Act Swiftly to save the swift parrot

Act Swiftly to save the swift parrot

We must protect the Lonnavale Forests—sign the Act Swiftly petition today!

Together with Forestry Watch we are asking Tasmania's forestry minister, Guy Barnett, to Act Swiftly to protect critical swift parrot habitat in Lonnavale Forests, south-west of nipaluna / Hobart, from logging.

Swift parrots are the world’s fastest parrots and one of only two breeding endemic parrots in lutruwita / Tasmania, the other being the orange-bellied parrot, meaning their sole breeding grounds are here. They are critically endangered with the principal driver of their decline being the continued logging of their habitat. (Main image: Chris Tzaros.)

Take a look at our guide to swift parrots

Over recent months Swift Parrots have been returning to the island, searching out nesting and foraging habitat in native forests, some of which are threatened by logging.

Ecologists and citizen scientists from Forestry Watch have been out in the forests monitoring the birds as they set up their nests for the breeding season, and have found them settling down in the threatened Lonnavale Forests.

Swift parrot photographed in mid-October 2021 in the Lonnavale Forests.

Together with Forestry Watch, we are asking the Tasmanian Govt to Act Swiftly—please add your name—it's urgent. Call on the Tasmanian government to declare Lonnavale Forests a Swift Parrot Important Breeding Area (SPIBA) among other improved management policies.

    Where are the Lonnavale Forests?

    The Lonnavale Forests constitute the Denison, Barnback and Russell areas, an hour south-west of nipaluna / Hobart. This is an area with a contentious history where ecologists have battled with the native forest logging industry to have forest managed appropriately.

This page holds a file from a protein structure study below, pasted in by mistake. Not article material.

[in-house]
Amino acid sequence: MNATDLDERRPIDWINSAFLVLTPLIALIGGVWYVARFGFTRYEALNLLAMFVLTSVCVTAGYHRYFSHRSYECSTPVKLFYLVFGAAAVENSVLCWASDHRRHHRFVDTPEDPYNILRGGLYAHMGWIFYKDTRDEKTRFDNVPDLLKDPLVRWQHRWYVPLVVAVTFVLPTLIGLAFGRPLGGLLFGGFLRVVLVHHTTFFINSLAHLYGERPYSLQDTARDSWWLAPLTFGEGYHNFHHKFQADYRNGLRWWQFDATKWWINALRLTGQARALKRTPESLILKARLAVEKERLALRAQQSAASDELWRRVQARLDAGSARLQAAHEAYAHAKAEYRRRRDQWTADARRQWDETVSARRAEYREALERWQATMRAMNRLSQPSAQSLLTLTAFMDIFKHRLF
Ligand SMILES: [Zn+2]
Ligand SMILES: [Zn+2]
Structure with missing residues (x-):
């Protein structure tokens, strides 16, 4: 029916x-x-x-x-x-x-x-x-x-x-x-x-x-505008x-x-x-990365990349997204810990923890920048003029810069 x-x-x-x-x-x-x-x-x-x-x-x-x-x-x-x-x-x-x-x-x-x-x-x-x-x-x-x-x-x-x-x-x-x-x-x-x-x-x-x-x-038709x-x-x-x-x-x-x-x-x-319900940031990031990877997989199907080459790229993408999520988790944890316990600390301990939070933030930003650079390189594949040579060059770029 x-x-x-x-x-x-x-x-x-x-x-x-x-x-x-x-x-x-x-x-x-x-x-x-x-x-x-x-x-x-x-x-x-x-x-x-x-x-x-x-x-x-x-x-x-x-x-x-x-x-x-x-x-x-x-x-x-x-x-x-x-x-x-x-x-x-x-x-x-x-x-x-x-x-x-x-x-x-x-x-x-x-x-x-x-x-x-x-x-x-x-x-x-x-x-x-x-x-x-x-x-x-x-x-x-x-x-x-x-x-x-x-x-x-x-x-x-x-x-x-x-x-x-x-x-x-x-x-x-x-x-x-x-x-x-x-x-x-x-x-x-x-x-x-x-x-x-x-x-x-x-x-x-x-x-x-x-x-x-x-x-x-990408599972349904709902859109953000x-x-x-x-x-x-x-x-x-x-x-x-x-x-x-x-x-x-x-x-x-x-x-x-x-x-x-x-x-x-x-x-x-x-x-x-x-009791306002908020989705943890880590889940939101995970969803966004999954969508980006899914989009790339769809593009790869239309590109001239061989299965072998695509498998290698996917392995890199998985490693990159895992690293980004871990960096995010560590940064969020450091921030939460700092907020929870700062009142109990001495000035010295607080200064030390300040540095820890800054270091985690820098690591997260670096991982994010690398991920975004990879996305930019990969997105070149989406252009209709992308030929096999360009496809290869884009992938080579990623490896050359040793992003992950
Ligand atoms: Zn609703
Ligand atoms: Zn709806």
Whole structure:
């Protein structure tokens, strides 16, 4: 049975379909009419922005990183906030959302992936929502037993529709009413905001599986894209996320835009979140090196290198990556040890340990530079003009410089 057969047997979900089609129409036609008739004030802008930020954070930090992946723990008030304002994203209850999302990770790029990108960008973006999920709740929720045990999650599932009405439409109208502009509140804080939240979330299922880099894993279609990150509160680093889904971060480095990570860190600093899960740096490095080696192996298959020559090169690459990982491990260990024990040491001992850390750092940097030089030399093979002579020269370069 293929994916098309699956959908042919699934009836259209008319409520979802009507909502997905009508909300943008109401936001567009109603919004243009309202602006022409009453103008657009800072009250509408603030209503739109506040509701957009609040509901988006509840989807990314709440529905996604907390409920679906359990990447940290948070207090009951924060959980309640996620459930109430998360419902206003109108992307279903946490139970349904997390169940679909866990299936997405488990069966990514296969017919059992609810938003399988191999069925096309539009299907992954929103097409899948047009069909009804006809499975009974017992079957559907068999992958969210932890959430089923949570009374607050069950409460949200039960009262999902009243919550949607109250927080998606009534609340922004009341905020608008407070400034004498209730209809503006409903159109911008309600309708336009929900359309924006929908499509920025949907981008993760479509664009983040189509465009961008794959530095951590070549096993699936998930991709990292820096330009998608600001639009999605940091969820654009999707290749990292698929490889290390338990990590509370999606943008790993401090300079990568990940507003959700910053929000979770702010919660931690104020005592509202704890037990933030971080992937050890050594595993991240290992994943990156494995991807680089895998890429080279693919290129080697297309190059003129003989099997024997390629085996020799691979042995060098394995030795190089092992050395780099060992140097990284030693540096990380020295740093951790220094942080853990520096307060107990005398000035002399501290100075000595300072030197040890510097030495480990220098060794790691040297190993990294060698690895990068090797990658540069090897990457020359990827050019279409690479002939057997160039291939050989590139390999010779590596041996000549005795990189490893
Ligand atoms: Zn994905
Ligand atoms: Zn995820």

The area has been twice previously recommended to be a SPIBA, by swift parrot scientist Dr Matt Webb, after preliminary surveys found birds nesting. It was then made an Interim SPIBA in 2013.

    The Lonnavale Forests contain the most mature stand of blue gums (the preferred diet of swift parrots) in the world. This stand is found in a logging coupe—DN007B which is pictured below.

    Dr Matt Webb went and visited this proposed logging coupe on Friday 22 October 2021 with citizen science group Forestry Watch, and estimates that there are in excess of 50 swift parrots in the coupe settling down for this summer’s breeding season.

    Large trees found within logging coupe DN007B in the Lonnavale forests.

    There are 25 logging coupes throughout this area that are due to be logged over the next three years.

    Areas of Lonnavale Forests are able to be logged because they are currently outside of the Southern Forest SPIBA boundary. As a result, areas of large mature blue gums forming high quality breeding habitat (coupe DN009G, surveyed by Forestry Watch 14 April 2020) were logged in the Lonnavale forests. This is in addition to other areas, such as DN007C being cleared in 2019.

    Logging coupe DN007C having been cleared in 2019.
    • There are 12 SPIBAs across lutruwita / Tasmania.

    • Inside SPIBA boundaries medium and high density habitat is recommended by Tasmania’s Forest Practices Authority (FPA) to not be logged at all, and for low-quality habitat, blue gums less than 40cm dbh can be selectively logged.

    • Ecologists in the FPA have been calling for Dension/Russell/Barnback to be an official extension to the Southern Forest SPIBA for years.

    • There is already a proposal written by leading Swift Parrot scientist Matt Webb while he was working for DPIPWE for it to be included as a SPIBA. It used to be a provisional SPIBA where the same guidelines were applied. Not anymore.

    • In August, Forestry Watch surveyed a regrowth coupe affected by the 1967 fires inside a SPIBA and found it was medium and high quality habitat.

    Let's make it happen!

    Please Act Swiftly: call on the Tasmanian government to immediately enforce a moratorium on logging of Swift Parrot habitat and make Lonnavale Forests a Swift Parrot Important Breeding Area.